“Before the San Francisco Symphony performs a new program,” writes Juliet Chung in Friday’s (4/10) Wall Street Journal, “Grammy-winning music director Michael Tilson Thomas typically spends his time fine-tuning pieces. But in the run-up to a concert by a new kind of orchestra, Mr. Thomas has been posting brief online tutorials on everything from how to interpret an improvisatory John Cage piece to his preferred phrasing for a Tchaikovsky symphony. It’s an unorthodox lead-in to what is being billed as an equally unorthodox performance: an April 15 concert at Carnegie Hall by an orchestra assembled via the Internet. Called the YouTube Symphony Orchestra, the venture is a promotion by Google to make its video-sharing site an online destination for classical music and creative alliances.” Starting in December, more than 3,000 musicians auditioned by uploading videos to YouTube. After a professional panel selected 200 finalists, YouTube users picked their favorites. “Mr. Thomas helped select the winners in February, viewing the clips from his home in San Francisco. Making decisions was challenging, he says. Normally, ‘You’d say, “Try it this way, or play something that’s in contrast to that,” ’ instead of extrapolating from a fixed performance. … The 96 winners are scheduled to converge on New York on Sunday (Google is paying their airfare and expenses). They range in age from 15 to 55 and hail from 29 different countries or territories.”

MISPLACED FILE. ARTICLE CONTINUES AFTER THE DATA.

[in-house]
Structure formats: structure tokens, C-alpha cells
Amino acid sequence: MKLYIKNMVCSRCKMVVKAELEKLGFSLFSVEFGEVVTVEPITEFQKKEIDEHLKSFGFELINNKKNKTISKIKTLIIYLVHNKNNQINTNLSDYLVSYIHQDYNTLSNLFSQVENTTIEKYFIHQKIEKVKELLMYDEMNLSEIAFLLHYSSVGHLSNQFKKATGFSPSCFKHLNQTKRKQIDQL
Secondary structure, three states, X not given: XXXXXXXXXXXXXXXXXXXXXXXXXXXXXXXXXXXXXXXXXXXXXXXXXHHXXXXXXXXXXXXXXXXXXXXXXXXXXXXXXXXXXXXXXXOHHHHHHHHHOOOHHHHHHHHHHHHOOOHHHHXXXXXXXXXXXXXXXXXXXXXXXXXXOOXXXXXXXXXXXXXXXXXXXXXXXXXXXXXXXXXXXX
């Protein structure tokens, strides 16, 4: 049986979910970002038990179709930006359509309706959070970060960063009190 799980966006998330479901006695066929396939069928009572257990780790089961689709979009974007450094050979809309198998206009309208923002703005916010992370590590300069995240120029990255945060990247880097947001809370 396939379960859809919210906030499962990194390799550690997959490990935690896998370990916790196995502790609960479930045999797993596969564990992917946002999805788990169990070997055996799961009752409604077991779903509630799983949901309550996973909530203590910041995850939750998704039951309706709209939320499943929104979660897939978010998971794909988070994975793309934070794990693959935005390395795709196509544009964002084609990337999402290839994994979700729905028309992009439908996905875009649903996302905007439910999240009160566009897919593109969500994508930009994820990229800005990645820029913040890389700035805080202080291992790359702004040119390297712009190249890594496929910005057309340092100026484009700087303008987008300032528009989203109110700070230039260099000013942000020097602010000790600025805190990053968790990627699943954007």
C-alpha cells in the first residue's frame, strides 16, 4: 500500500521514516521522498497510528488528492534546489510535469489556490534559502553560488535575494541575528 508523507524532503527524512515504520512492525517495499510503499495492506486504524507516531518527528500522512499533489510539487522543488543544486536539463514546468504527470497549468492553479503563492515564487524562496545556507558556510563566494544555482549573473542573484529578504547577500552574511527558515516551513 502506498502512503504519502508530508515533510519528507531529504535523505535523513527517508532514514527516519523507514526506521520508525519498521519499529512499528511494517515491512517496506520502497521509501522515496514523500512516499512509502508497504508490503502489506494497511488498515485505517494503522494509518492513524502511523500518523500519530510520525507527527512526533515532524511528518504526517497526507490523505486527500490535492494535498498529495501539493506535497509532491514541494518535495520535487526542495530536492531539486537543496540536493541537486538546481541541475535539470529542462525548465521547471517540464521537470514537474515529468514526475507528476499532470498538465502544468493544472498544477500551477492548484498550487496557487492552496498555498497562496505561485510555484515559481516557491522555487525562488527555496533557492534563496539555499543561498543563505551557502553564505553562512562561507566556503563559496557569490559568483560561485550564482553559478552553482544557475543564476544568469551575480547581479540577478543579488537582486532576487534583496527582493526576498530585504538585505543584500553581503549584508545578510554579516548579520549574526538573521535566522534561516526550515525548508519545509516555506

Posted April 10, 2009